Published on October 1, 2020
Unlike most undergraduate courses, many of your law school courses will be graded on a curve. Sometimes grades are assigned to a pre-determined distribution, e.g. 30% A's, 40% B's, and 30% C's. Other times the grades must produce a pre-determined average that can be reached through any combination of grades, i.e. some above the average and some below the average. Either way, the law school curve pits highly capable, hard-working, and intelligent students against each other for a scarce number of the best grades.
Using Your LSAT and GPA to Predict Your Law School Performance
The curve is among the reasons law schools have notoriously competitive environments. Your grades not only affect making law review and maintaining scholarships at some schools, but also what kinds of jobs you can get during school and after graduation.
Applicants commonly try to predict performance based upon their combination of LSAT score and undergraduate GPA relative to others in the entering class, or a belief that they can outwork everybody. While the LSAT and GPA do correlate to law school success, it is not effective for predicting how you will perform on the curve.
As such, do not focus only on the best-case employment scenarios.
The top 10% of the class usually has very promising employment options. But you should also consider your comfort level with the job outcomes for students who finish in the bottom half or bottom quarter of the class. Although your grades are not necessarily indicative of your potential to be a high-quality lawyer, they may say a lot about your chances of being able to prove your talents without starting your own practice.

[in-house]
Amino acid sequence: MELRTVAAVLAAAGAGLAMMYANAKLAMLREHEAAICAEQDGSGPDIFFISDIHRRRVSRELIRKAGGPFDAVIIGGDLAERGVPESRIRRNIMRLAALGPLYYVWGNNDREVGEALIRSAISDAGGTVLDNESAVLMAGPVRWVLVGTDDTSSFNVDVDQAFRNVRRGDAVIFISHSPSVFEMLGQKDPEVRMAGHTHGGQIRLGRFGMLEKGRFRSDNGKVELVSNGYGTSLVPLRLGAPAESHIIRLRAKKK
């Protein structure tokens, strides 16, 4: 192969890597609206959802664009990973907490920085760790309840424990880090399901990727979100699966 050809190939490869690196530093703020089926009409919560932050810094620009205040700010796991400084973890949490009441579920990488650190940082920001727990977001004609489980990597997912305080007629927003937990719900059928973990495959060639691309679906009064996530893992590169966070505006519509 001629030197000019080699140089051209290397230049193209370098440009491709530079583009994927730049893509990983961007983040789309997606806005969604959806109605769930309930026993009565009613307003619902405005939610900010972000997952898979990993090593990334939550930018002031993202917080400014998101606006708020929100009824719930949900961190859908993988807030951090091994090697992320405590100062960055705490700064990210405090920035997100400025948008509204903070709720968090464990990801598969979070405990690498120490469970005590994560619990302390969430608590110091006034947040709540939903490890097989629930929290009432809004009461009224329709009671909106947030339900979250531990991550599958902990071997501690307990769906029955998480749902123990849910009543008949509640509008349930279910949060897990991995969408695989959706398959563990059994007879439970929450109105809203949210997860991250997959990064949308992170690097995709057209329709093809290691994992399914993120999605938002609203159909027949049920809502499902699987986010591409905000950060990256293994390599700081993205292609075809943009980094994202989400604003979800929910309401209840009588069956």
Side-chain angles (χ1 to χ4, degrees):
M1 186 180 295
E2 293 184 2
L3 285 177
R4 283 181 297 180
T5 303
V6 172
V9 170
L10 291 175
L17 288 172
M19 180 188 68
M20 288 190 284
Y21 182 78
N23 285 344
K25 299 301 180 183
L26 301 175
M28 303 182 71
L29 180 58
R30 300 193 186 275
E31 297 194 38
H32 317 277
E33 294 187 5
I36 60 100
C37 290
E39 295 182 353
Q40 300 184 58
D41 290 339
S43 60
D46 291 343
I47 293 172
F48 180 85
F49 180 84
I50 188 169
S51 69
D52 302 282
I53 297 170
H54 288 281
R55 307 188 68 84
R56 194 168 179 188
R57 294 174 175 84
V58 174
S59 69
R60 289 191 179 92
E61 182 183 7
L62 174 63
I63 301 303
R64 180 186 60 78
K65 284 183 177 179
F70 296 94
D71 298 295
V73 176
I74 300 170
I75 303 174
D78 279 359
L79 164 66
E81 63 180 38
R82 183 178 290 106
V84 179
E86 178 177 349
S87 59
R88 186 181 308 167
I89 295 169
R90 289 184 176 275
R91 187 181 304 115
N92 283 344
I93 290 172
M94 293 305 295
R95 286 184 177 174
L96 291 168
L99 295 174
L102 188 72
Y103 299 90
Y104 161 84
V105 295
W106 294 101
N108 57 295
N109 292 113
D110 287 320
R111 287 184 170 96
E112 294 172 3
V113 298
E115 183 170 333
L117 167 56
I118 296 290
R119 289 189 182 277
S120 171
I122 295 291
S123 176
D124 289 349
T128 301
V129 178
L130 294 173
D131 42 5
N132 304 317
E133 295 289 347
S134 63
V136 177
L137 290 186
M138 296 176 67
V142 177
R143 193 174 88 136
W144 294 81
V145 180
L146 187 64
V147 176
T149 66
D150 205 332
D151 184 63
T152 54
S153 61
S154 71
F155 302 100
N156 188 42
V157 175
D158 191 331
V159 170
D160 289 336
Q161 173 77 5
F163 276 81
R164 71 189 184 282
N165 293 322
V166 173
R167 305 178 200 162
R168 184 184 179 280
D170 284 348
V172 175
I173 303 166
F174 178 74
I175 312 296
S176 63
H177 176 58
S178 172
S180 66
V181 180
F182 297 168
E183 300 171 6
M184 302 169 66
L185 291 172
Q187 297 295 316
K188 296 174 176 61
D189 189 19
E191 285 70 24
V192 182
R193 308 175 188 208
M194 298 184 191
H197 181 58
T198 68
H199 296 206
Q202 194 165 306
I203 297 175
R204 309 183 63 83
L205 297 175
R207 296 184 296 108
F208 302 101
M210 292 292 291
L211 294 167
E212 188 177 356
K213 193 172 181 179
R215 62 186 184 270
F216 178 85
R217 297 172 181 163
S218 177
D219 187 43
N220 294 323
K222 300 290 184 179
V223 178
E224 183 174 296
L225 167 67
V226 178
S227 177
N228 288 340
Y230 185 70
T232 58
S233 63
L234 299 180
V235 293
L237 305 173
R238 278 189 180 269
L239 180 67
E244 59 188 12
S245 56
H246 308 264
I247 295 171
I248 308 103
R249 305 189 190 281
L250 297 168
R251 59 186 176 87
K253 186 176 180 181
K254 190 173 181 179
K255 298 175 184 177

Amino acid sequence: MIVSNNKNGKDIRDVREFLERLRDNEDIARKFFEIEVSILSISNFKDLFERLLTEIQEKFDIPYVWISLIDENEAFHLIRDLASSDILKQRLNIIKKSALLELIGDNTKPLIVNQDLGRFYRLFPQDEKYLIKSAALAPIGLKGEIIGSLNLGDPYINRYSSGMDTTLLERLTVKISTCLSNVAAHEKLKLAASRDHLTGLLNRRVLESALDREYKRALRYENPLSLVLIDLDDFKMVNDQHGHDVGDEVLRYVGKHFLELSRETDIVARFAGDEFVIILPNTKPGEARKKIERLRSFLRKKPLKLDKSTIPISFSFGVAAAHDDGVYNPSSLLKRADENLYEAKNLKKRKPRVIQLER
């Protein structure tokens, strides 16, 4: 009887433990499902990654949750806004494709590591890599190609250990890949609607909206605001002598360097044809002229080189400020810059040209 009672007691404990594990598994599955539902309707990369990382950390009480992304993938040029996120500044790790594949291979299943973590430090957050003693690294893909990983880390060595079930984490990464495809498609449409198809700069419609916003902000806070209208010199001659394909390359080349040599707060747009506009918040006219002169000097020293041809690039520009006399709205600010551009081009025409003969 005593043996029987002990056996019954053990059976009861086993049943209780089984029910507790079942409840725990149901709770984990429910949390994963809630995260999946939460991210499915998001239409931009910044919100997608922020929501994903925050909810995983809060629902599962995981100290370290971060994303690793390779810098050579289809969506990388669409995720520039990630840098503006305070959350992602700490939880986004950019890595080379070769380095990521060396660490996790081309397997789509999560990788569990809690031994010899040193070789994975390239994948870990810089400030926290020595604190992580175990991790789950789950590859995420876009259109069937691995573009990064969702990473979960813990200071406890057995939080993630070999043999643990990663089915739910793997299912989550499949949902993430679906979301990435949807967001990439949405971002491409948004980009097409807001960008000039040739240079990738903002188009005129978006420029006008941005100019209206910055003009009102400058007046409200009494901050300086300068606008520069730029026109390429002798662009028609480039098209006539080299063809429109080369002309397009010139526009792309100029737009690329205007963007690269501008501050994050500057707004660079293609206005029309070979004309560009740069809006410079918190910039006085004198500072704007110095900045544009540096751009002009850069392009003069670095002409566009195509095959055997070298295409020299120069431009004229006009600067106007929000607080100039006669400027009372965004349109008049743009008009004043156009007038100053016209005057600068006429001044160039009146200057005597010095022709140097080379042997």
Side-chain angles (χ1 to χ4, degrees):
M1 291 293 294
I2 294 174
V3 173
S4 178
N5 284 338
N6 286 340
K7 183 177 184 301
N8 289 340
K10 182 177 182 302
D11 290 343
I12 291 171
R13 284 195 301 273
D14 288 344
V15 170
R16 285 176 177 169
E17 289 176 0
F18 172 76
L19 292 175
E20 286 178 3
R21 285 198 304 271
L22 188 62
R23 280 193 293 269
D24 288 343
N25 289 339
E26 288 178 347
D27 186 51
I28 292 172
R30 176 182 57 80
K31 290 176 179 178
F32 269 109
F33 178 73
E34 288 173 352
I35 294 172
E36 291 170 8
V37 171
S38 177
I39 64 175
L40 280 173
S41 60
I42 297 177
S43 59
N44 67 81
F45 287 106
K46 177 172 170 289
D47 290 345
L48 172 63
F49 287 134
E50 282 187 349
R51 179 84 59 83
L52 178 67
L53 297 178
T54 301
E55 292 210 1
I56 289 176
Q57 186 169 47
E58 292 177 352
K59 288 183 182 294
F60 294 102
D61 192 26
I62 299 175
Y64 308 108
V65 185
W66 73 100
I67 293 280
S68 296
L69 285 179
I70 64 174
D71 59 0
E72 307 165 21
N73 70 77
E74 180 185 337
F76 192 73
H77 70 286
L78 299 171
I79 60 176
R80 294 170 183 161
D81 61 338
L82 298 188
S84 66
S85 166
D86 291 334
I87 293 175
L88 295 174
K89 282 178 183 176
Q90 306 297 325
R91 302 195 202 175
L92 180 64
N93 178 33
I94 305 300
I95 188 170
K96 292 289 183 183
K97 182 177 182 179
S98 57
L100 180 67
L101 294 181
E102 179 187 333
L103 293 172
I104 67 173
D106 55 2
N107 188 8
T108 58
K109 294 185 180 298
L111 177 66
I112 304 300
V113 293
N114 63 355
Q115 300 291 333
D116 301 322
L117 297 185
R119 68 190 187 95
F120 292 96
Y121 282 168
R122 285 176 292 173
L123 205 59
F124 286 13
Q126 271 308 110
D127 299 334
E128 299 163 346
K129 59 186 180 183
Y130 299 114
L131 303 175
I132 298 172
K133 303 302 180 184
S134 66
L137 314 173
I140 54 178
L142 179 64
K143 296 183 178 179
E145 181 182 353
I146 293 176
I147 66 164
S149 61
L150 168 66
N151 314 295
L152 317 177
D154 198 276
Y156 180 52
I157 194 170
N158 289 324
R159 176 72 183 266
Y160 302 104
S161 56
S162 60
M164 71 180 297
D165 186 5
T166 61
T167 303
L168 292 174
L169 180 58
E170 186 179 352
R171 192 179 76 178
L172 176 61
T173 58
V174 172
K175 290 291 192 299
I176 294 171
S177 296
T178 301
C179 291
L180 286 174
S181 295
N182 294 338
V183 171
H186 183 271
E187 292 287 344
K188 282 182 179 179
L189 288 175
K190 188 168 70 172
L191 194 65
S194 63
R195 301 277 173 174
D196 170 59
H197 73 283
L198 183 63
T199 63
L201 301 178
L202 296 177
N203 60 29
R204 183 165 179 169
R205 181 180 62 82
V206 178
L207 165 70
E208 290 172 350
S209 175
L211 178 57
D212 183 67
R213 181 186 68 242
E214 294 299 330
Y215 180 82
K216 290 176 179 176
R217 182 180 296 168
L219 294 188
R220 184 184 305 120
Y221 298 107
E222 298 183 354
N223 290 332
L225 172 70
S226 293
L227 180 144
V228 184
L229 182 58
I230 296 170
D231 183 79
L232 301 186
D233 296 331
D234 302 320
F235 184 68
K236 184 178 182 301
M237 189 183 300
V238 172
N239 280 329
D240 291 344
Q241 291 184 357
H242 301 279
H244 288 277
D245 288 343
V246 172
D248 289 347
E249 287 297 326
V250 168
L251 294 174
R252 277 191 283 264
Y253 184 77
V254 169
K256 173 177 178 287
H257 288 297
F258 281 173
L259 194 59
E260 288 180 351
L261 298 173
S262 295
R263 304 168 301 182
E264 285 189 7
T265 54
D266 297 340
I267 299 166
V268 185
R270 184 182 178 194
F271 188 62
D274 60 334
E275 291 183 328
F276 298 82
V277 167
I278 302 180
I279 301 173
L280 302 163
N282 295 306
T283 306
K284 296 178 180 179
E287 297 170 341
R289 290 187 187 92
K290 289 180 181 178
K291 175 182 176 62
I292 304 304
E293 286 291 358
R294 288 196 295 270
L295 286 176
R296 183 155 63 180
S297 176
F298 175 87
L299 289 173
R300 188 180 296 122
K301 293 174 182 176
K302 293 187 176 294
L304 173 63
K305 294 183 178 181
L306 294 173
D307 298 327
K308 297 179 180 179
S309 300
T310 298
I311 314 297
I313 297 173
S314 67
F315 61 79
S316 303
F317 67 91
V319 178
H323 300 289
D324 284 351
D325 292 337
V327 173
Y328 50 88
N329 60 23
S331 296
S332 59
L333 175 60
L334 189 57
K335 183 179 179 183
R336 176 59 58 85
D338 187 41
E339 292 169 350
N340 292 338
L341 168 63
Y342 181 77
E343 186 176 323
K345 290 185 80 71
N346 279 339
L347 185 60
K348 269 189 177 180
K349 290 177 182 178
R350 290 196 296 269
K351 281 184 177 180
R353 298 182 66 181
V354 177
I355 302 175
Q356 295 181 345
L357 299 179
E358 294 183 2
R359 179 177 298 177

At certain schools, your grades affect whether you keep your scholarship in your second and third year of school. These scholarships are known as conditional scholarships because keeping your scholarship is conditioned upon maintaining a minimum GPA or class standing. Conditional scholarships can carry tens of thousands of dollars (or more) of risk, which you should factor into your cost and debt analysis. The unpredictable results of the curve mean working hard or having better entering scores than many of your peers does not mitigate the risk.
Startlingly, some law schools design these conditional scholarship programs so that more students accept conditional scholarships than can possibly retain them. In other words, the law school curve often necessitates that not every student who accepts an award can keep it after their first year. So not only will you lose out on certain job opportunities because you do not do well, but your degree will cost you more money. More information about which schools offer conditional scholarships and how many students lose their scholarship can be found on the costs tab of each law school's profile on this site.
By Joshua Zaslawsky